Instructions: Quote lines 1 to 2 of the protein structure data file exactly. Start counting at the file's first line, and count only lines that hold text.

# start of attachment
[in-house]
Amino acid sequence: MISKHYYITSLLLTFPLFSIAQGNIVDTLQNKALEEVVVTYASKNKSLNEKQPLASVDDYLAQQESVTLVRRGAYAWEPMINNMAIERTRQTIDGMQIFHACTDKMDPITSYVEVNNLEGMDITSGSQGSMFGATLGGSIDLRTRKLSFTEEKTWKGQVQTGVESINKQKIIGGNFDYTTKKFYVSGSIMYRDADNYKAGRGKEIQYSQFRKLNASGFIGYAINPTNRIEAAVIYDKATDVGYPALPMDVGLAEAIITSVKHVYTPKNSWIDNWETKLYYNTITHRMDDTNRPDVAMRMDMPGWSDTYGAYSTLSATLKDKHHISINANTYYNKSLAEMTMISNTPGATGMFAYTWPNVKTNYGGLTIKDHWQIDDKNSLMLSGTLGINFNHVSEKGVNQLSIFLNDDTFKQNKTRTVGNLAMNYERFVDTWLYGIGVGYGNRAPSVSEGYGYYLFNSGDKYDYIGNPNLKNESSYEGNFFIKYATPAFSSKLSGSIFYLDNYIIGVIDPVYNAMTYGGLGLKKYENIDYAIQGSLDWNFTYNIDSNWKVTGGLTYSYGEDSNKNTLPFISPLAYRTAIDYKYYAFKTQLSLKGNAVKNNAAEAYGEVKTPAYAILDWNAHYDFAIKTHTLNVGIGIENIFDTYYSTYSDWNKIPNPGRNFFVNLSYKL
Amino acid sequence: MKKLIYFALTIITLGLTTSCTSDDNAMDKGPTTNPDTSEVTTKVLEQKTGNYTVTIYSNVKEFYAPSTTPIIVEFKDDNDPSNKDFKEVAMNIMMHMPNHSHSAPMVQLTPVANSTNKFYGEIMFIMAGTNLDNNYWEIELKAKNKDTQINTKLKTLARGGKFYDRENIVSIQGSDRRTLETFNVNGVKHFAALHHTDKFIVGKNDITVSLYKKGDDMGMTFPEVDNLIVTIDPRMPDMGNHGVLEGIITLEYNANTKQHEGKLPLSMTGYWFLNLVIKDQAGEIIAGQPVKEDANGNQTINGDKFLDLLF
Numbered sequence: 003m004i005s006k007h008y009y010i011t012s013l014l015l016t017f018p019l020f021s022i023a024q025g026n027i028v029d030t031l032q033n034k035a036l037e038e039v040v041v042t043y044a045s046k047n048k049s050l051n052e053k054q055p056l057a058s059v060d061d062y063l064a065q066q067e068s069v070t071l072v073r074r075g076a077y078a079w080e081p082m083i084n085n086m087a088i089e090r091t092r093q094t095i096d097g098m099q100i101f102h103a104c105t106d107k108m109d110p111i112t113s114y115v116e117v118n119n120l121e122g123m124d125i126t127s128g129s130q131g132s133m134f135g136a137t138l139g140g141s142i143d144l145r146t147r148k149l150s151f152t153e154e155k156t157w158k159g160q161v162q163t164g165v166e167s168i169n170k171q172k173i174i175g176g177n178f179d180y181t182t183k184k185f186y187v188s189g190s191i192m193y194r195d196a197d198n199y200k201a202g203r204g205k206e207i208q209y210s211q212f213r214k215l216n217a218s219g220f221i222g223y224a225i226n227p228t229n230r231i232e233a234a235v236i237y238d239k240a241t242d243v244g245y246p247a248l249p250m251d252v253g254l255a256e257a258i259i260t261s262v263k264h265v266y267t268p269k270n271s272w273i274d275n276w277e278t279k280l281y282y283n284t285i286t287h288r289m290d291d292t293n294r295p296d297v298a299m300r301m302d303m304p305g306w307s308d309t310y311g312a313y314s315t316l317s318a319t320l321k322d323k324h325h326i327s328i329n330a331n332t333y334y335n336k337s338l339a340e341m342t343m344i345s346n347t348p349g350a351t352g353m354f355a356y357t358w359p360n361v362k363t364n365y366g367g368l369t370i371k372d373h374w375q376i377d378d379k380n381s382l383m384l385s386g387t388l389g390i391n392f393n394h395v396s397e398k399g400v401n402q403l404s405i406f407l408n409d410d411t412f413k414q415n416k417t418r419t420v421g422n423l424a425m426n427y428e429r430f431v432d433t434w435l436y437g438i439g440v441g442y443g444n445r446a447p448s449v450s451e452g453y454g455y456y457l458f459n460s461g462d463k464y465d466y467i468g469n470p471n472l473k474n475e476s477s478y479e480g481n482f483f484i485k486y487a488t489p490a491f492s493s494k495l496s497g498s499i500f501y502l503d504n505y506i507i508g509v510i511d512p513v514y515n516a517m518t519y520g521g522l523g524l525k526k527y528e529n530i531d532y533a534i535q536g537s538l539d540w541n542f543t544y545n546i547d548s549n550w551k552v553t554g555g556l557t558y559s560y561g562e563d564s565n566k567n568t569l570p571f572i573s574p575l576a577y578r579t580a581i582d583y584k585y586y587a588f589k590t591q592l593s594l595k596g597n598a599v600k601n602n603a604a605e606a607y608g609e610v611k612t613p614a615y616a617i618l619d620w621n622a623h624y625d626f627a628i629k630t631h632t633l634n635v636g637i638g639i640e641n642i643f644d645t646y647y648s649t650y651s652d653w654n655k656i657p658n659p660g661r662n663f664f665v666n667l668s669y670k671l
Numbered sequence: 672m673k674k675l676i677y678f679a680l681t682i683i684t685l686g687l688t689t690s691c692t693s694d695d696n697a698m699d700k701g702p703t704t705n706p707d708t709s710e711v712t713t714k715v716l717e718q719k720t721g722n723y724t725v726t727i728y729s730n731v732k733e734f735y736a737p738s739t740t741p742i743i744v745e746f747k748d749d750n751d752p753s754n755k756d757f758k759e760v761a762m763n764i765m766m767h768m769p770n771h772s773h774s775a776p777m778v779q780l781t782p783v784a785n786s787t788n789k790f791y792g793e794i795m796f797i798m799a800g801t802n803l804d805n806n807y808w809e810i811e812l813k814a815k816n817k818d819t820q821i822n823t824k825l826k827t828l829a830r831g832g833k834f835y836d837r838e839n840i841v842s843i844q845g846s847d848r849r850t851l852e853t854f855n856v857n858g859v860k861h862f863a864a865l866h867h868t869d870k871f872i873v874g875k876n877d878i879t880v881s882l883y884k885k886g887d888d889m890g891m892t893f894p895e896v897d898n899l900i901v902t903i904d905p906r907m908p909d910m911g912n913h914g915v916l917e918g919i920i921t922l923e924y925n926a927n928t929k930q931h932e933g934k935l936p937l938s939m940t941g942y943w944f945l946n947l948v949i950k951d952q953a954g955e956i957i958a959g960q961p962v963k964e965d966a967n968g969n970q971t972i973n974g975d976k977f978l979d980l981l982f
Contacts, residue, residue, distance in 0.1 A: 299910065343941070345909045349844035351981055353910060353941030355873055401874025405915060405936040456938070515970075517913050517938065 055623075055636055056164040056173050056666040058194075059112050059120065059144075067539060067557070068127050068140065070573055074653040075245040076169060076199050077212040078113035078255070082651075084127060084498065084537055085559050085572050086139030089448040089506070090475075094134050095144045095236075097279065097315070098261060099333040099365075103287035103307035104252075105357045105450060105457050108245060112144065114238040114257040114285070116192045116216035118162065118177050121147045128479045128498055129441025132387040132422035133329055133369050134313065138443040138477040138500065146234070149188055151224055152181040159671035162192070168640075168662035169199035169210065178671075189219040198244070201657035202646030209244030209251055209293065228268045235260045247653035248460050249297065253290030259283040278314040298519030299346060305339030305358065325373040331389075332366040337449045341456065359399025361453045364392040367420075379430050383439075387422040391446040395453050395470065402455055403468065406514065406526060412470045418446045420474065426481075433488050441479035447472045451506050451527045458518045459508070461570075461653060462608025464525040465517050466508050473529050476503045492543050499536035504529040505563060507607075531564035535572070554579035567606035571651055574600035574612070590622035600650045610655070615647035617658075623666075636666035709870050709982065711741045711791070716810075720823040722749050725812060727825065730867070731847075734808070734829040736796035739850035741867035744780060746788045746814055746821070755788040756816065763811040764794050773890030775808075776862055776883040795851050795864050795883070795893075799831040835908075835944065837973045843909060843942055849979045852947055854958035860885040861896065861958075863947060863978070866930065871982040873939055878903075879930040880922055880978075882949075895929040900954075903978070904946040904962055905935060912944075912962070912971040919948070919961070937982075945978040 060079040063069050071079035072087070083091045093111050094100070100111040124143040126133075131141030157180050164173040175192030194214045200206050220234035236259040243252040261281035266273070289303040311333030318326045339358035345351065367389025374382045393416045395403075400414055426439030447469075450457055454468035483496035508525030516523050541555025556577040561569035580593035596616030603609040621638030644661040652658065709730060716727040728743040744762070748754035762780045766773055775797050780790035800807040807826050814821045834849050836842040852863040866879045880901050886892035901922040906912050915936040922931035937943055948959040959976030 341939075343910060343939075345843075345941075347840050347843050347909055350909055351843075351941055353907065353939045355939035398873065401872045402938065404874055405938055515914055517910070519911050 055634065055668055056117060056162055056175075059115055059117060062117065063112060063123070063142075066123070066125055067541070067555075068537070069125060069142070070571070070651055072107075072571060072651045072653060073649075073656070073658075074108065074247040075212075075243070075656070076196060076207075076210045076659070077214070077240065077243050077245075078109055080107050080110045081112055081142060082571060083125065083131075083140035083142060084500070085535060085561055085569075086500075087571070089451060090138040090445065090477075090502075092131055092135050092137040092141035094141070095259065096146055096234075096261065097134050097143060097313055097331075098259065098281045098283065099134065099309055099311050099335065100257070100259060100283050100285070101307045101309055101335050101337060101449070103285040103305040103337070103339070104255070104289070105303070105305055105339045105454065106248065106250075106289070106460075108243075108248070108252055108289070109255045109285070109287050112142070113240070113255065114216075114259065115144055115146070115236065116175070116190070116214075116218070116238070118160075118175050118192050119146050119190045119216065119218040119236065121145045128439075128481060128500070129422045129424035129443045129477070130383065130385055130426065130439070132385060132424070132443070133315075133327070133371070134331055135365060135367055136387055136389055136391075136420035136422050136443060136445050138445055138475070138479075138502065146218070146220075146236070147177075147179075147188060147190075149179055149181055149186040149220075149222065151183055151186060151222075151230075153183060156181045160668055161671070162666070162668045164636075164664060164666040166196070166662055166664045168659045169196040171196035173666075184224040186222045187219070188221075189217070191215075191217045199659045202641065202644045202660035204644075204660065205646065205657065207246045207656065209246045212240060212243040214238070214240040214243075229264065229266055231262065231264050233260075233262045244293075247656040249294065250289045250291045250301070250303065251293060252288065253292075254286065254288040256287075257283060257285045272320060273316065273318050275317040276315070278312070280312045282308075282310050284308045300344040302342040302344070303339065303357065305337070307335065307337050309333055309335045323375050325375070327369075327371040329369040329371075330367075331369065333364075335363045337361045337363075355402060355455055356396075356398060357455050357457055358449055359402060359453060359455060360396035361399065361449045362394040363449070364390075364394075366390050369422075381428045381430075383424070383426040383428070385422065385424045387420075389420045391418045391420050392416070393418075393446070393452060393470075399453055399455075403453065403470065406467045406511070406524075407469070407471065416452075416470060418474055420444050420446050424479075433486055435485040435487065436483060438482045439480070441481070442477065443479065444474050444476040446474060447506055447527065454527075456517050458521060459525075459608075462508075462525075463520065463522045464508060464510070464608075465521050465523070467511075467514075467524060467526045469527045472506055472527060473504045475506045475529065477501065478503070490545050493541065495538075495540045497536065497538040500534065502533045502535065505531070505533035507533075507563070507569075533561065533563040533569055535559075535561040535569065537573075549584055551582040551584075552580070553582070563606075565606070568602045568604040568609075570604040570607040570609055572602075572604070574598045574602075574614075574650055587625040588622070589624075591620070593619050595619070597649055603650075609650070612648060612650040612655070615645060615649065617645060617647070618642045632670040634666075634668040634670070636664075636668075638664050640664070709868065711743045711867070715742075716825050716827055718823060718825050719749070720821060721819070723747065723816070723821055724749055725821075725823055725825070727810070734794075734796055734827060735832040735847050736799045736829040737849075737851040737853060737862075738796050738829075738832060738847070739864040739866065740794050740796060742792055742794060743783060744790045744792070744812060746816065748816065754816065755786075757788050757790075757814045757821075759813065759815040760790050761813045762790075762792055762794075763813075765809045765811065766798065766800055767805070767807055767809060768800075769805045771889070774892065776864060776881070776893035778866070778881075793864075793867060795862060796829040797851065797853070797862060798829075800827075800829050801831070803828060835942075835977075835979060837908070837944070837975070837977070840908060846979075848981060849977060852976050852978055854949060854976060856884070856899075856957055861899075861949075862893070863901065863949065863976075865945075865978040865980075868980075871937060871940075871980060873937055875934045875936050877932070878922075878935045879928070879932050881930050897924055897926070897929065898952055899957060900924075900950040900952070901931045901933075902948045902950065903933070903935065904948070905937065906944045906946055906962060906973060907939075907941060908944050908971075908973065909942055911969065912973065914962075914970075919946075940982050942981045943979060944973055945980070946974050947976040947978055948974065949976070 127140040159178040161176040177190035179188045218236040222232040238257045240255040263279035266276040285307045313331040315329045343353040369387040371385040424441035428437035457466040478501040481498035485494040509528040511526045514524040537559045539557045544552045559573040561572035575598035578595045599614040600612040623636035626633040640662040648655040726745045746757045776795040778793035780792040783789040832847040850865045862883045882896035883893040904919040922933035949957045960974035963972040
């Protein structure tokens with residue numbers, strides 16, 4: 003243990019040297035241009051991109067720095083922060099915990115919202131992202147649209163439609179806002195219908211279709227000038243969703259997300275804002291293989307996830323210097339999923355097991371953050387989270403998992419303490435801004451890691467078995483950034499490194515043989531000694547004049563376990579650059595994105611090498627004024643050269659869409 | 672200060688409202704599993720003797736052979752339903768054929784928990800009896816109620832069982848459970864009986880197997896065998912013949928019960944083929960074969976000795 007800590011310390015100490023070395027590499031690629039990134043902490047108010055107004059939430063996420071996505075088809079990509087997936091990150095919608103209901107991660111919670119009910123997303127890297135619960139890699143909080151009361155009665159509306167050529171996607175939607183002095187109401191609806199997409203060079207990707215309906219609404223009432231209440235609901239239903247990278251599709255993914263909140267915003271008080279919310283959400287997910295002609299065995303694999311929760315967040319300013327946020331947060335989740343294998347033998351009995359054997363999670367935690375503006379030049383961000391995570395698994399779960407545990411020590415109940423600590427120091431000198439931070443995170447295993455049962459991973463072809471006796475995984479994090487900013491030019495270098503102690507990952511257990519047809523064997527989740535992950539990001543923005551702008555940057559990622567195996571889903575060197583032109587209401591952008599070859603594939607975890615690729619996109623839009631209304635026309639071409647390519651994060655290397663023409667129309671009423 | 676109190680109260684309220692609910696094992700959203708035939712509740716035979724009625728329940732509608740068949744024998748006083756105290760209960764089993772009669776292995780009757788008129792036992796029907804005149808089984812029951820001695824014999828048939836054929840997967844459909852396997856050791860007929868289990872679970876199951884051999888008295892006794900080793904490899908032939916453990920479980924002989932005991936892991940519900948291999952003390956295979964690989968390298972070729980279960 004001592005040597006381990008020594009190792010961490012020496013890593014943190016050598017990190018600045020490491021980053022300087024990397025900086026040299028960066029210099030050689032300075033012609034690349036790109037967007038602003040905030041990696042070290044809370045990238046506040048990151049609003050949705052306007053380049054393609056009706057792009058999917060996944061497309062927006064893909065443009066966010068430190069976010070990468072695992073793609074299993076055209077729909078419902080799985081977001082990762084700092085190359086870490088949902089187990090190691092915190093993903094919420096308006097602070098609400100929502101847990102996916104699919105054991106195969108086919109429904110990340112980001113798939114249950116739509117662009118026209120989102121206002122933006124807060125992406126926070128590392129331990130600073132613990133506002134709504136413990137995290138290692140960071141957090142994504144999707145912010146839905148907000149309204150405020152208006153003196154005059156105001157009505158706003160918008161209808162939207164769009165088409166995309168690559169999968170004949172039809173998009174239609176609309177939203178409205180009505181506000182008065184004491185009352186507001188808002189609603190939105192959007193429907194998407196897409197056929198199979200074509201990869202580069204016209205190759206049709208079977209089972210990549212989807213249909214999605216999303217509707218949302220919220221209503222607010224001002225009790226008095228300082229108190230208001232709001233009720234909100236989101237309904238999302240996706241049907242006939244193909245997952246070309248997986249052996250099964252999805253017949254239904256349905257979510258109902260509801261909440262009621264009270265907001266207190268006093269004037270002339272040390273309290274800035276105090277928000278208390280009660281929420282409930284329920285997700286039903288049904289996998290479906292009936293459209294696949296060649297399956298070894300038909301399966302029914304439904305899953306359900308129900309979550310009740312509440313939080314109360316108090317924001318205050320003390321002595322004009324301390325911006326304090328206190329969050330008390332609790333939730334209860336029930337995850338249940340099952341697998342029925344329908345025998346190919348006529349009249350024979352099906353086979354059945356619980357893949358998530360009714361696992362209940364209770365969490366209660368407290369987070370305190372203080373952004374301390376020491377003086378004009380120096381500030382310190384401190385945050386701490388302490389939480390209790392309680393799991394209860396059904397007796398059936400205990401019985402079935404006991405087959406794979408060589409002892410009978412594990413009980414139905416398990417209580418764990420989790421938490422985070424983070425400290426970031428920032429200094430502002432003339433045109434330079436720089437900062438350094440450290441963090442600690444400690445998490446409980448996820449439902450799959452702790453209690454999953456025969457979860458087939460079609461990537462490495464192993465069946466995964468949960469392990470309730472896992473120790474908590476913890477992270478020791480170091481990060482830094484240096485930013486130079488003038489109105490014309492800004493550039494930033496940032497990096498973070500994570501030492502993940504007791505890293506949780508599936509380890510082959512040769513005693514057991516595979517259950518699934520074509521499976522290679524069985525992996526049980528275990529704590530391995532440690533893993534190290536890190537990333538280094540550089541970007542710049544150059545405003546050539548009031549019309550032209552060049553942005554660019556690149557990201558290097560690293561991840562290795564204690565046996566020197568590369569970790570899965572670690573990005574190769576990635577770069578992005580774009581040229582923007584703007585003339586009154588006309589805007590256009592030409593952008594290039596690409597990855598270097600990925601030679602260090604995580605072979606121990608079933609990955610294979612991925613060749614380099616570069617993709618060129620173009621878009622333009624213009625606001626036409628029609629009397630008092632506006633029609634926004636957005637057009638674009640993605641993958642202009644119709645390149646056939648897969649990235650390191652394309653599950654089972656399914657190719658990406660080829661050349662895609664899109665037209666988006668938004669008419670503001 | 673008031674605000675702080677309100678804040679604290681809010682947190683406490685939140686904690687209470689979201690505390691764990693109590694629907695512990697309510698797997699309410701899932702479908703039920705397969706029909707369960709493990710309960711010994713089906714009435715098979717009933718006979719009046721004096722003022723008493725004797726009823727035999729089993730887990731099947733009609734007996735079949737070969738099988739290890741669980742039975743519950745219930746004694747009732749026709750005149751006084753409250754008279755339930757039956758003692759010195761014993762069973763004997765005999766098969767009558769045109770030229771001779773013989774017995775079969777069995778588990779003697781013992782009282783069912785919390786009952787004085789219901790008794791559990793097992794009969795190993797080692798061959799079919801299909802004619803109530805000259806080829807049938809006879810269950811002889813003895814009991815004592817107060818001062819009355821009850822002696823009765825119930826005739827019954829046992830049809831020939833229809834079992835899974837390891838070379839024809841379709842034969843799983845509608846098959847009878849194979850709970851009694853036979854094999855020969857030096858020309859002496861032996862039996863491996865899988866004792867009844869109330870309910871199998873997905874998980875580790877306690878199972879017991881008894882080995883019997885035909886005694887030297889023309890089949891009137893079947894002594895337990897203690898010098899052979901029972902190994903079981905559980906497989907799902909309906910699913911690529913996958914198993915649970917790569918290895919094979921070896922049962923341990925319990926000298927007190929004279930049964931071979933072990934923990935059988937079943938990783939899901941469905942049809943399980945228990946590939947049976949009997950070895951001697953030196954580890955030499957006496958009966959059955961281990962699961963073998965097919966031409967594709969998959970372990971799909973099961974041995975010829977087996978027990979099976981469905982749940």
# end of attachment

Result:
[in-house]
Amino acid sequence: MISKHYYITSLLLTFPLFSIAQGNIVDTLQNKALEEVVVTYASKNKSLNEKQPLASVDDYLAQQESVTLVRRGAYAWEPMINNMAIERTRQTIDGMQIFHACTDKMDPITSYVEVNNLEGMDITSGSQGSMFGATLGGSIDLRTRKLSFTEEKTWKGQVQTGVESINKQKIIGGNFDYTTKKFYVSGSIMYRDADNYKAGRGKEIQYSQFRKLNASGFIGYAINPTNRIEAAVIYDKATDVGYPALPMDVGLAEAIITSVKHVYTPKNSWIDNWETKLYYNTITHRMDDTNRPDVAMRMDMPGWSDTYGAYSTLSATLKDKHHISINANTYYNKSLAEMTMISNTPGATGMFAYTWPNVKTNYGGLTIKDHWQIDDKNSLMLSGTLGINFNHVSEKGVNQLSIFLNDDTFKQNKTRTVGNLAMNYERFVDTWLYGIGVGYGNRAPSVSEGYGYYLFNSGDKYDYIGNPNLKNESSYEGNFFIKYATPAFSSKLSGSIFYLDNYIIGVIDPVYNAMTYGGLGLKKYENIDYAIQGSLDWNFTYNIDSNWKVTGGLTYSYGEDSNKNTLPFISPLAYRTAIDYKYYAFKTQLSLKGNAVKNNAAEAYGEVKTPAYAILDWNAHYDFAIKTHTLNVGIGIENIFDTYYSTYSDWNKIPNPGRNFFVNLSYKL